So, if we are more aware of the fact that these smaller, faster wings change the game completely, we can start to plan ahead for such dangers much more effectively. Safer motor and harness designs, more safety training for fellow pilots, and most importantly, more altitude to allow for recovery in the event that something unexpected happens.
Another thing I'd like to mention because it seems relevant after reading people's feedback on my initial report... I am in no way trying to villainize any company, design, or person. I chose to fly the gear I was flying, and I made mistakes in trusting certain things, but I don't feel that is due to any one else's error.
From the best analysis that can be done post crash in a situation like this (watching the video and piecing together broken equipment with some of the best pilots I know), it appears that the bolt holding my left swing arm broke as I was in that spiral turn. While I obviously don't have video of the bolt itself shearing, all the evidence seems to suggest it, including the fact that the outcome from such a failure matches the accident and the fact that we discovered half the bolt in the wreckage.
As I said above, the purpose of this is not in any way to villainize one design or manufacturer... I've spent the last couple of weeks researching others that have similar designs for their swing arms and have found that an astounding number have similar issues (especially those who were active in attempting high g maneuvers)... Here's what I found that has proven true for my accident:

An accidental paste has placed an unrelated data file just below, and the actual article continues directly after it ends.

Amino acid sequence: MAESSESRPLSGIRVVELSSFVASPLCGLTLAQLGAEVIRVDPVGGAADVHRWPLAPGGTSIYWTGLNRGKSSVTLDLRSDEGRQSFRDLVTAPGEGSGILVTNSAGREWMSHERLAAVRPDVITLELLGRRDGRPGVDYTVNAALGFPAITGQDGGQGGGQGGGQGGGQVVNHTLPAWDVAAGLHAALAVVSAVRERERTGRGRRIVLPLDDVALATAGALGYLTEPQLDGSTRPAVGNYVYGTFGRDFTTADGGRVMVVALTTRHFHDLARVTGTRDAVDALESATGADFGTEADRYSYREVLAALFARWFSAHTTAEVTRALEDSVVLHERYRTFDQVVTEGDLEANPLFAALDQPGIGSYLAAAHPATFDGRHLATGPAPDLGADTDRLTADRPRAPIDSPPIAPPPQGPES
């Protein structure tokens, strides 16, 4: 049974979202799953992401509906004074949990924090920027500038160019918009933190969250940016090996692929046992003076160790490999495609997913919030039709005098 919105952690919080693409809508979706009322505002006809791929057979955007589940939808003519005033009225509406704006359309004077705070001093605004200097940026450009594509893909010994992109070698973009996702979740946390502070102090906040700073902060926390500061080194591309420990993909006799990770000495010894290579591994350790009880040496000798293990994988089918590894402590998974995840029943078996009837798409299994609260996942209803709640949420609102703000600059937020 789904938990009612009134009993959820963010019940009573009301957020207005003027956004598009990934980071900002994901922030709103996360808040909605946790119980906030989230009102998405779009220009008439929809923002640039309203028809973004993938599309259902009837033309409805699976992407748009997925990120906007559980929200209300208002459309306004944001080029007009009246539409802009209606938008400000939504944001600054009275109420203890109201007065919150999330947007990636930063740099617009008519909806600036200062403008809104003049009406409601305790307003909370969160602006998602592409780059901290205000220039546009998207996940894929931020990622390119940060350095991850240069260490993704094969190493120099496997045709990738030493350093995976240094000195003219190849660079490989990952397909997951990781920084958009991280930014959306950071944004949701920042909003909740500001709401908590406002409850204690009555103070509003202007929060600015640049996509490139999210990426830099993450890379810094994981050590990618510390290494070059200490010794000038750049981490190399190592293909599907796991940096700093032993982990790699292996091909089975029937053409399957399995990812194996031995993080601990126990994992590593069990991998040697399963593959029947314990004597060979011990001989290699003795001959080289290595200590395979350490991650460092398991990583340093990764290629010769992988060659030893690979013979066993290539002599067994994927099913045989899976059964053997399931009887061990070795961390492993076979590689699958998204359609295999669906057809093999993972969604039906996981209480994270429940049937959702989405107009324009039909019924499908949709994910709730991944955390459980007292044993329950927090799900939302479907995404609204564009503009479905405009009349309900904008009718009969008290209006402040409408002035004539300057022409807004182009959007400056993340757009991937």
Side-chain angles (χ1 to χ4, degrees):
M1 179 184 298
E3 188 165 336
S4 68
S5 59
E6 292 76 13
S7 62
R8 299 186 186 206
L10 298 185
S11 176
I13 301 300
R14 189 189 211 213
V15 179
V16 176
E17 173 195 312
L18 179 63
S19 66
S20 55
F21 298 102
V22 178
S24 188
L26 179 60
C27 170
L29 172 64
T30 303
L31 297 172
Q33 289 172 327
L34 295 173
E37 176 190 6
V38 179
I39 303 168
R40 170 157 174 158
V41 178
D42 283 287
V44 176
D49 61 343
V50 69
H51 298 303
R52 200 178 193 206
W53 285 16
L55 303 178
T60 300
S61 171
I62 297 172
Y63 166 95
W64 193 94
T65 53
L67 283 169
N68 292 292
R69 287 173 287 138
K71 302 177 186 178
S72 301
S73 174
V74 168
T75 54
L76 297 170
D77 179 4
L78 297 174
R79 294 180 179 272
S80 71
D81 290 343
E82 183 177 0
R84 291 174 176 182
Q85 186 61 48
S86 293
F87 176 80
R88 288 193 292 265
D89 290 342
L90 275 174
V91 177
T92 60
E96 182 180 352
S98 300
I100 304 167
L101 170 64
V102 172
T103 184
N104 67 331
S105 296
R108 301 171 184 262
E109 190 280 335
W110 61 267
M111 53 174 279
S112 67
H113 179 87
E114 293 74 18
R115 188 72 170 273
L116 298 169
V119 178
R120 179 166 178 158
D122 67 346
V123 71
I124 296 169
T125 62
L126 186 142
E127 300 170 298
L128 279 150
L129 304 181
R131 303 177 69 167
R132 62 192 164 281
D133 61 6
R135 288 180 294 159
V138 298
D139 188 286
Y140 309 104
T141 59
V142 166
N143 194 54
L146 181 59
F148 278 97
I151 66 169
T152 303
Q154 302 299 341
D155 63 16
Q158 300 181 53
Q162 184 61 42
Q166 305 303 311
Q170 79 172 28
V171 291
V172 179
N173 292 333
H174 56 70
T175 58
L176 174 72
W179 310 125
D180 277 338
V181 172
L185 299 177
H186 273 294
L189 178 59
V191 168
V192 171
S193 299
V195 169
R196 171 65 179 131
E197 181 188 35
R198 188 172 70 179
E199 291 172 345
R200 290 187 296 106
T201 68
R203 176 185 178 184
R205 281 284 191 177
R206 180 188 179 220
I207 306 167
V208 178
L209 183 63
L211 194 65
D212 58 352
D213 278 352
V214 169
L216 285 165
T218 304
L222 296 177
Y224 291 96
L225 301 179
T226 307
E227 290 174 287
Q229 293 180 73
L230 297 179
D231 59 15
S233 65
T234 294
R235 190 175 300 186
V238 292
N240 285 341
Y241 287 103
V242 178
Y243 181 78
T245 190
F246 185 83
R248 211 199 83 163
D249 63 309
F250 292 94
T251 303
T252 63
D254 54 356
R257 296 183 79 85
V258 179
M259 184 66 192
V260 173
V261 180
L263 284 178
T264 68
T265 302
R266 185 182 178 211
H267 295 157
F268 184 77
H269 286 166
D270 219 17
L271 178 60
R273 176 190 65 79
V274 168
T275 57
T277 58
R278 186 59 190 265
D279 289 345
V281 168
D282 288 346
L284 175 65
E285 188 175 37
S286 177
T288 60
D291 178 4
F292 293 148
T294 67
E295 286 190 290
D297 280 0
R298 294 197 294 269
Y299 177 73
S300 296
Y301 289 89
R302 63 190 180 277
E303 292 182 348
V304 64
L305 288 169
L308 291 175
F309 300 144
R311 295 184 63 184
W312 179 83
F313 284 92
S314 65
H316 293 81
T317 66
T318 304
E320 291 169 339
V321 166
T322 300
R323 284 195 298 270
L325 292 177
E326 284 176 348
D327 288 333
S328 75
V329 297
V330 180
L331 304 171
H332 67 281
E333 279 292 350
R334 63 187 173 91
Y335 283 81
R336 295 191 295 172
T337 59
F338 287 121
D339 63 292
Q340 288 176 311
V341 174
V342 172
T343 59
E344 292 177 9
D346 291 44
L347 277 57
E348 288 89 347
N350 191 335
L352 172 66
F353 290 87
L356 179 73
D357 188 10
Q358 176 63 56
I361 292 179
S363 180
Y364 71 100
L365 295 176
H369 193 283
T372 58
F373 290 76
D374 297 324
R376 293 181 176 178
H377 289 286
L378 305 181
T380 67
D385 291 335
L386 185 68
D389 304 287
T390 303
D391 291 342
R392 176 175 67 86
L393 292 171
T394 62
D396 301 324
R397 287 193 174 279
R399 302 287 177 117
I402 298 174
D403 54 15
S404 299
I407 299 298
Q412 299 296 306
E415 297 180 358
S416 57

If you're flying a smaller wing, or getting into more aggressive piloting I beg of you... Learn from my pain. Add back up options for yourself if things fail, talk to your manufacturers about modifying your suspension system, fly higher, and get specialized training... But most of all, realize that this kind of thing CAN happen to you no matter what gear you fly & if you fly these small, ridiculously fun wings... The consequences could be dire.
In the future, I'm not yet sure exactly what kind of pilot I'll be... But I do know that I'll evermore be a safer one. Until then, I'm just laying here in my home, thankful for my family and honored to have the life I do which allows me to fly.
I hope to see you all in the sky soon.